Transaction banking has never been viewed as an especially glamorous facet of the industry, with most young bankers eschewing careers in this area for high-rolling investment banking positions.
Now, however, while investment banking headcount is being pared back, transaction banking is quietly booming.
Transaction banking encompasses various commercial banking services for corporate clients and financial institutions including trade finance, export finance, cash management, corporate treasury sales and securities services. Generally, it’s considered a ‘core’ function of banking, which means – in modern day employment terms – relatively dull.
“The age dynamics of transaction banking are significantly skewed to the older, more senior individual,” says Paul Hunt, managing director of recruiters Healy Hunt. “There’s a real dearth of talent at the junior and mid-level, because over the past ten years graduates have favoured more attractive and possibly more remunerative roles in investment banking.”
This is starting to change, however. While the conversation around investment banking centres around whether the current headcount reductions are cyclical or the start of a fundamental shrinkage of the industry, banks are building out their transaction banking functions.
We’re told that Citi, Lloyds Banking Group, Royal Bank of Scotland and J.P Morgan are all currently hiring in this area. Deutsche Bank revealed in its Q4 report presentation that it was integrating its investment bank with its global transaction services (GTS) division. It is “well-positioned” when it comes to headcount in GTS, it added.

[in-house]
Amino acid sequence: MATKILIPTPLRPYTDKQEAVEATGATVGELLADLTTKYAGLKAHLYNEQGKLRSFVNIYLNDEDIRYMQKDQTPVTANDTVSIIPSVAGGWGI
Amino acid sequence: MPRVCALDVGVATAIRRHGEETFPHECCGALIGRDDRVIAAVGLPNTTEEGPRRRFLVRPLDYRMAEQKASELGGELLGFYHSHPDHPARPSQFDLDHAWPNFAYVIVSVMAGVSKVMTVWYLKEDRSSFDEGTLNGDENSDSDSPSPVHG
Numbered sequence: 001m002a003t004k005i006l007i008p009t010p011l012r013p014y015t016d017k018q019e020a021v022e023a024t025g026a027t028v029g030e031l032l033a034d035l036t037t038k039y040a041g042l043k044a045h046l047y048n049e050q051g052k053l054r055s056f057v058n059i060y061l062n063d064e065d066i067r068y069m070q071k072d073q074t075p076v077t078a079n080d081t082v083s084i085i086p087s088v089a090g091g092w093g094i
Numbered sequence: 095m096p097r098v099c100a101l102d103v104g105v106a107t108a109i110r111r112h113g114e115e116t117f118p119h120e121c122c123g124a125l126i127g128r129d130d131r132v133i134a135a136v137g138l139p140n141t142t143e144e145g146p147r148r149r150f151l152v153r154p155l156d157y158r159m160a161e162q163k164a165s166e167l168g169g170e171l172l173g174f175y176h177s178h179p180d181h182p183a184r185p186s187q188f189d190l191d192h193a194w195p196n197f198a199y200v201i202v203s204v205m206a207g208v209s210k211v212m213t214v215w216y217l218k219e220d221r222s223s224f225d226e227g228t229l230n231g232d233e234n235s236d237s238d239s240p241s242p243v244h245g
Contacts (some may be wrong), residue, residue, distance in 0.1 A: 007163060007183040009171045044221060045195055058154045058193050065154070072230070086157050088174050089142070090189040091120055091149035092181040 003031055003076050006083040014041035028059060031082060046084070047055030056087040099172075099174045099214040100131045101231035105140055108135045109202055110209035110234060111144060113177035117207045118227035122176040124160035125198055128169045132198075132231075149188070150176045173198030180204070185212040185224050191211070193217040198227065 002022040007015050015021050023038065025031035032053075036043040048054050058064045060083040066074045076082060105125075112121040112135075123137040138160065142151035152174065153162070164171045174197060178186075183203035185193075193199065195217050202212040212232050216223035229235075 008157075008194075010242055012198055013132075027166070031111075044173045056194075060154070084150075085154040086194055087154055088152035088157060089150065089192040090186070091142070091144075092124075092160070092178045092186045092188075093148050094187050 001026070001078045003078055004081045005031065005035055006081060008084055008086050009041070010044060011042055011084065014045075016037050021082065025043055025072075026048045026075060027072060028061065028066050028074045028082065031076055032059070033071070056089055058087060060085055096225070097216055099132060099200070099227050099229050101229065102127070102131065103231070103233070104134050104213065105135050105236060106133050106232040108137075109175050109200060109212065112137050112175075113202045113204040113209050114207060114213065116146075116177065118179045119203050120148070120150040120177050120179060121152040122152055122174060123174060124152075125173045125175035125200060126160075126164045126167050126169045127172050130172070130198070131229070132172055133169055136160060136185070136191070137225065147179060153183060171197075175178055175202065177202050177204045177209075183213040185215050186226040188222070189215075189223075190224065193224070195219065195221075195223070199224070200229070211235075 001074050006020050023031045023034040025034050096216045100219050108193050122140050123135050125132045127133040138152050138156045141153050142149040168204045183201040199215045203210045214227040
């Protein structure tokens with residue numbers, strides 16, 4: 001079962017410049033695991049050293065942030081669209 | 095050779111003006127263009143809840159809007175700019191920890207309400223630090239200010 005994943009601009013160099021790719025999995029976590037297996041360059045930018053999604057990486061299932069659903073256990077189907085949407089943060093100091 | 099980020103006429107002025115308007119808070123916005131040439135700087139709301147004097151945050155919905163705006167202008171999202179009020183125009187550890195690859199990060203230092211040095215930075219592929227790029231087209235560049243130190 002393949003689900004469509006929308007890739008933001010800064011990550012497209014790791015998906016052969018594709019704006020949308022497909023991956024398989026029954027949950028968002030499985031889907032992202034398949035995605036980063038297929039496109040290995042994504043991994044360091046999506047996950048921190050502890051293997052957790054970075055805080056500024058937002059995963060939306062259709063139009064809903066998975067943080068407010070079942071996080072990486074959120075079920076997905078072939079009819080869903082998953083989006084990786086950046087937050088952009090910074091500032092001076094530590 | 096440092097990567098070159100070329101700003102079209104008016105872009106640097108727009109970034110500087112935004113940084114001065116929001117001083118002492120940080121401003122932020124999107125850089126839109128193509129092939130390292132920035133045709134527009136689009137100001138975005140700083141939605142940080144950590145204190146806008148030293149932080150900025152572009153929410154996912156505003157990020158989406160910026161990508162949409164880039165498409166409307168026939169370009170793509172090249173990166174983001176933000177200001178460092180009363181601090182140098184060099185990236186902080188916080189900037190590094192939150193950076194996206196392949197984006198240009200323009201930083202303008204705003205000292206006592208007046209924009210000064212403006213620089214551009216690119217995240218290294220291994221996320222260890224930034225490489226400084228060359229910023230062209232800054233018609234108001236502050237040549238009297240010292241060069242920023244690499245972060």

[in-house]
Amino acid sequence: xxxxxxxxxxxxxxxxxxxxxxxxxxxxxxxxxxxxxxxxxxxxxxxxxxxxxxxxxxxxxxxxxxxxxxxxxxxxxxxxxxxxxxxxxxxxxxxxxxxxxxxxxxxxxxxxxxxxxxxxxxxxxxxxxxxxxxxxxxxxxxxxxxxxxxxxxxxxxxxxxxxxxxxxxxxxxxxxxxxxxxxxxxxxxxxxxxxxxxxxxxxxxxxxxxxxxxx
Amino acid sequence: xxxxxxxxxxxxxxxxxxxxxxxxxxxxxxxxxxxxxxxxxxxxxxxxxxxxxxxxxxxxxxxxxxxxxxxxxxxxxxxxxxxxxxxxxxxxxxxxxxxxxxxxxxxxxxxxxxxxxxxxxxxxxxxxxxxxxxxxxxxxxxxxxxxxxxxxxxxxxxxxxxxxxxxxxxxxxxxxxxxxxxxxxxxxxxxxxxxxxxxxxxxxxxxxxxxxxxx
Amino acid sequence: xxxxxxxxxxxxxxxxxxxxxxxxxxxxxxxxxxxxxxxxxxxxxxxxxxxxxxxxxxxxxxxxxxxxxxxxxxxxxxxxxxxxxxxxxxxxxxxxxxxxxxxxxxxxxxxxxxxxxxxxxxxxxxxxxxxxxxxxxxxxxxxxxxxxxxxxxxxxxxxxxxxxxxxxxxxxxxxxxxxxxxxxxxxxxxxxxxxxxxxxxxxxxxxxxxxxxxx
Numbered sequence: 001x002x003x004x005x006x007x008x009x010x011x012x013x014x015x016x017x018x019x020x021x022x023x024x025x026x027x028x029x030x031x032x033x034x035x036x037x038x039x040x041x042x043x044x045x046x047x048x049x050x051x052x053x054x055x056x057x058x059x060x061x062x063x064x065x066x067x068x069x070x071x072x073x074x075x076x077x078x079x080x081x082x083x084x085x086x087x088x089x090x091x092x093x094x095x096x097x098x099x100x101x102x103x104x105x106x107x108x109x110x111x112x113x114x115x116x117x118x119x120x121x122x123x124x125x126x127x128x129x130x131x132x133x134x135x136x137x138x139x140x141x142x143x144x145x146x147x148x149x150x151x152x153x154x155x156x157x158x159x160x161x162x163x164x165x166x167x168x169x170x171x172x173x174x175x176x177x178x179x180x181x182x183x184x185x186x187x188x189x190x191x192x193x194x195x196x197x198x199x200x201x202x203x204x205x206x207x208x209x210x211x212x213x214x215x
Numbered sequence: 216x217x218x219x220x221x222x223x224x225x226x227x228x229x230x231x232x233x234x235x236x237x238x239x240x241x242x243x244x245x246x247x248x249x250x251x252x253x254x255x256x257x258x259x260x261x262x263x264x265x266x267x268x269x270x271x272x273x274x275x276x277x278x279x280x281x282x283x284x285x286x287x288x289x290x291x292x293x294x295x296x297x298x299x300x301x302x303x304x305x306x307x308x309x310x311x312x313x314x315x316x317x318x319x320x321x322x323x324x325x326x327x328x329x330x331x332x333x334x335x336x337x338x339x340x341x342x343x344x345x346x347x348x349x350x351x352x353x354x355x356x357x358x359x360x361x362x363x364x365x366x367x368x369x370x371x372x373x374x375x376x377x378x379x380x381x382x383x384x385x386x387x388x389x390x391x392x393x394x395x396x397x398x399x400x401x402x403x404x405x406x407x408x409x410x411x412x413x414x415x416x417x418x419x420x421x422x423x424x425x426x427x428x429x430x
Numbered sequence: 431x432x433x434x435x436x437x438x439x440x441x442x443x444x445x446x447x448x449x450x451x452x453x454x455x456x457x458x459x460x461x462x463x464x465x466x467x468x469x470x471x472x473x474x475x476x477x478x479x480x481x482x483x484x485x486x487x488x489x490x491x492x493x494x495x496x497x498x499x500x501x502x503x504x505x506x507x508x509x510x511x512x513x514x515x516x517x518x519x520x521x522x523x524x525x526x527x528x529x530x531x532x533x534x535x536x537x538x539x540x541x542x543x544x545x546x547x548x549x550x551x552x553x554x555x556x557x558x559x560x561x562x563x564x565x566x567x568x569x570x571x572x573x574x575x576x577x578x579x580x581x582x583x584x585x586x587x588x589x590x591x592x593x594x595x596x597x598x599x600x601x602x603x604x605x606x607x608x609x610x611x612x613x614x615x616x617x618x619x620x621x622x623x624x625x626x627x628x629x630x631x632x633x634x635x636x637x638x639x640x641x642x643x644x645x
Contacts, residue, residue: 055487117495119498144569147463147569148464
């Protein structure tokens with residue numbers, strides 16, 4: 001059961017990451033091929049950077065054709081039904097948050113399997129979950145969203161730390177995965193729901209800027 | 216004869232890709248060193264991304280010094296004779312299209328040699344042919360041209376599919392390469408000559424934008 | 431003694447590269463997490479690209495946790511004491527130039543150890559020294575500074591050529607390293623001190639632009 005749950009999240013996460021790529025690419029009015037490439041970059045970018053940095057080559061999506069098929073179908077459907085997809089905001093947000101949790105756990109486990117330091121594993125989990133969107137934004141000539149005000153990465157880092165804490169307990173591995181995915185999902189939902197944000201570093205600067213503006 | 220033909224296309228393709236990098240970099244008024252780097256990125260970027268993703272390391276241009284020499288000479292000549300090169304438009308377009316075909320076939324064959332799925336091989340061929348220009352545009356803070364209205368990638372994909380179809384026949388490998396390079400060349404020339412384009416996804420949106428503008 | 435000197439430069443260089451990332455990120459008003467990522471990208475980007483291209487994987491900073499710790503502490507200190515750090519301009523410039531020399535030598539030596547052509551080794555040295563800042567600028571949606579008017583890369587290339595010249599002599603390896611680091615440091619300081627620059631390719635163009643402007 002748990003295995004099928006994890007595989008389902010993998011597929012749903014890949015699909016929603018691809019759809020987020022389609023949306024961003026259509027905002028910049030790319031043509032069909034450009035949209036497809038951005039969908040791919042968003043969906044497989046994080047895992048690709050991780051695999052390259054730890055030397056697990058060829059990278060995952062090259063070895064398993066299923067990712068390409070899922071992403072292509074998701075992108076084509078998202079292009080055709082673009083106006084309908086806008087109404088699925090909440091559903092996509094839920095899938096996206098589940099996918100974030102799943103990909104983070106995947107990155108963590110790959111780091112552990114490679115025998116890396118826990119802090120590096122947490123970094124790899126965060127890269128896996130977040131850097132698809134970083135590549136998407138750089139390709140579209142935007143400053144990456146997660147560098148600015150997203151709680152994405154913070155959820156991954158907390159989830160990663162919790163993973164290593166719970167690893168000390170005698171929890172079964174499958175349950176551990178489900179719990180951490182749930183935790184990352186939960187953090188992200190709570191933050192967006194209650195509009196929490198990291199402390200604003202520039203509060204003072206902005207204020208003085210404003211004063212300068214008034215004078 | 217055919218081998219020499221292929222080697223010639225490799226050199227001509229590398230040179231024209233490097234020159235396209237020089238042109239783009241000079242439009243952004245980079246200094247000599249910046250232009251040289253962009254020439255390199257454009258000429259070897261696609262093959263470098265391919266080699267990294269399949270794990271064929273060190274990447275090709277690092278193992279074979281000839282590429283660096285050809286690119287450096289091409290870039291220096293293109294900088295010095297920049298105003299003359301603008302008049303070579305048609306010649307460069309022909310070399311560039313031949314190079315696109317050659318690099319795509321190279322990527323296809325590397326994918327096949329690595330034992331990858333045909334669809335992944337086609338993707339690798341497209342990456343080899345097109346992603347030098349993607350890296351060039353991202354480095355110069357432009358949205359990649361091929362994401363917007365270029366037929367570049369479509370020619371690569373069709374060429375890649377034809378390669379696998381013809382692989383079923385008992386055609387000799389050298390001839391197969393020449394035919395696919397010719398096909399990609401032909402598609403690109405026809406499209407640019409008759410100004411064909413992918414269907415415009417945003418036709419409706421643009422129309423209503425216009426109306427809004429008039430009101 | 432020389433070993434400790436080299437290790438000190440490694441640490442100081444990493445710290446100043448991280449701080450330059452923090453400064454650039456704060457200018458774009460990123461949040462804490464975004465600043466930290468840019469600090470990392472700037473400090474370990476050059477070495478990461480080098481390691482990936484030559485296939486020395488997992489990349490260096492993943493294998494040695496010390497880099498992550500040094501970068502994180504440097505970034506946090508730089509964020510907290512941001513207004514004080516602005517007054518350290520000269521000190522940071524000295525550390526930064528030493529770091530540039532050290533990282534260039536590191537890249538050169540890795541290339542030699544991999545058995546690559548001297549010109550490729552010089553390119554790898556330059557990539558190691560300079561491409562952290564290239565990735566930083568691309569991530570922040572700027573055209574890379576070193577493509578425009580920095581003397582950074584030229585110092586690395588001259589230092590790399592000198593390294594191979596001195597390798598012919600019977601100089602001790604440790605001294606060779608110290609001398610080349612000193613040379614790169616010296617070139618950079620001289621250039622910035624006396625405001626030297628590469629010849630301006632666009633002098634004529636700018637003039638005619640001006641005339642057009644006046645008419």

“Global banks are dealing with various external stresses – whether that’s capital requirements, increased regulatory scrutiny or their exposure to the eurozone. They’re looking at their business models and focusing more on core functions. Transaction banking is benefitting from this after many years of under investment,” adds Hunt.
And while bankers are generally being vilified for bonus payments by the public currently, the compensation on offer in the transaction banking space looks, well, fairly responsible.
The highest bonuses are for those working in structured trade and commodity finance with 10-15 years’ experience, and they average around 60% of base salaries, according to a salary survey by Global Trade Review (GTR). Generally, they tend to hover between 20-40% of base salary, however.
Salaries also trail behind sectors such as investment banking, fund management or private equity. The median range for those with 3-5 years’ experience is £50-60k, rising to £70-80k after 5-10 years experience, £85-95k after 10-15 years and £110-120k for anything over that.
Slowly, transaction banking is being viewed as an attractive career path by financial services professionals in other sectors, suggests Stuart Rogers, associate director at recruiters Hudson’s banking and financial services division.
“We are finding that financial services professionals from retail, corporate, commercial and payments and card processors are being considered for these roles,” he says. “This is generally due to the fact that this mirrors the diverse customer base of the transactional banking business.”